Connecting for survival: Understanding the spatial implications of migrant women’s survival strategies in two cities

November 21, 2014  • Posted in Member Projects  •  0 Comments

Colleen Hammelman, Geography and Urban Studies, Temple University

Women worldwide carry out survival strategies that rely on connecting to physical resources, especially food, and to important social ties. This research seeks to better understand the spatial implications of this connectivity. It uses sketch mapping during in-depth interviews to better understand the spatiality of everyday lived experiences of food insecurity for displaced women in Medellín, Colombia, and Latina migrant domestic workers in Washington, DC. Framed by literature on poverty and critical food studies, mobility, and social networks, this research adds insight to the under theorized aspects of connectivity, how it influences the ability of women to meet their daily needs, especially obtaining food, and lessons that can be gleaned from contexts in both the global South and North. Focusing on these different contexts allows attending to how they are similarly and differently integrated into globalized processes that produce and reproduce poverty. This research also contributes a more nuanced understanding of the food insecurity experiences of individuals migrating into urban environments.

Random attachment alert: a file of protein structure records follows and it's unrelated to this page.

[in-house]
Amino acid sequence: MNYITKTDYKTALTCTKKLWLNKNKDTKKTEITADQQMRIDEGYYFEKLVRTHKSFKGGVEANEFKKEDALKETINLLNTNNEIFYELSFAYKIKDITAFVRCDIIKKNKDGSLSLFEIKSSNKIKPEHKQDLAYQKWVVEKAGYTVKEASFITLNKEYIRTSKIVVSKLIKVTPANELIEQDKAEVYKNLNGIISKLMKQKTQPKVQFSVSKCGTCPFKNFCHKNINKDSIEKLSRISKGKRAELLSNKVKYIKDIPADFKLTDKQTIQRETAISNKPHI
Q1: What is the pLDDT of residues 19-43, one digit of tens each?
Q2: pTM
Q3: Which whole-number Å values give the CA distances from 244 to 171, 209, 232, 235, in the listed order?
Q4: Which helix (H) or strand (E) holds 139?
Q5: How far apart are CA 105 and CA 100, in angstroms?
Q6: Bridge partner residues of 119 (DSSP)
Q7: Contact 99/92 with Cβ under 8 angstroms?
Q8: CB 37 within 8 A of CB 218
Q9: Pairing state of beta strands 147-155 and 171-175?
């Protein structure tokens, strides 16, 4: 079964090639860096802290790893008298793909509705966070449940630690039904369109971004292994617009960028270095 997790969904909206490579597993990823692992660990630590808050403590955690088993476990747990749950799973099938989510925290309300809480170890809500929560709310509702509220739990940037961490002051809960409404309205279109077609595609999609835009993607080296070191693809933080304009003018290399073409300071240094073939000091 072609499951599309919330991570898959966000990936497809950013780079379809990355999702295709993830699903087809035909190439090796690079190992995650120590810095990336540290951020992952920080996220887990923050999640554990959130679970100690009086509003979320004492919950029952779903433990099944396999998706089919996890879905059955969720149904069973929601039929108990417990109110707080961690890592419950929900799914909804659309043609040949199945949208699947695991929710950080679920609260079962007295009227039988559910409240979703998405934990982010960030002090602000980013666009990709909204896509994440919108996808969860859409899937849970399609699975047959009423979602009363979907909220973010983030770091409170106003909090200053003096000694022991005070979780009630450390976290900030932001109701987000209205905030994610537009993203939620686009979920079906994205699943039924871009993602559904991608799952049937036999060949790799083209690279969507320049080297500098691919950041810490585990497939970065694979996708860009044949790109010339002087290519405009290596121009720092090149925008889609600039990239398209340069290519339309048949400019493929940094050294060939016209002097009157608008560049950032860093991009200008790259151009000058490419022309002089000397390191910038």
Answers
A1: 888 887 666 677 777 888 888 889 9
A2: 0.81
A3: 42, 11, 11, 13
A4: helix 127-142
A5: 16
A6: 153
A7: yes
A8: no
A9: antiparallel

Colleen can be reached at:

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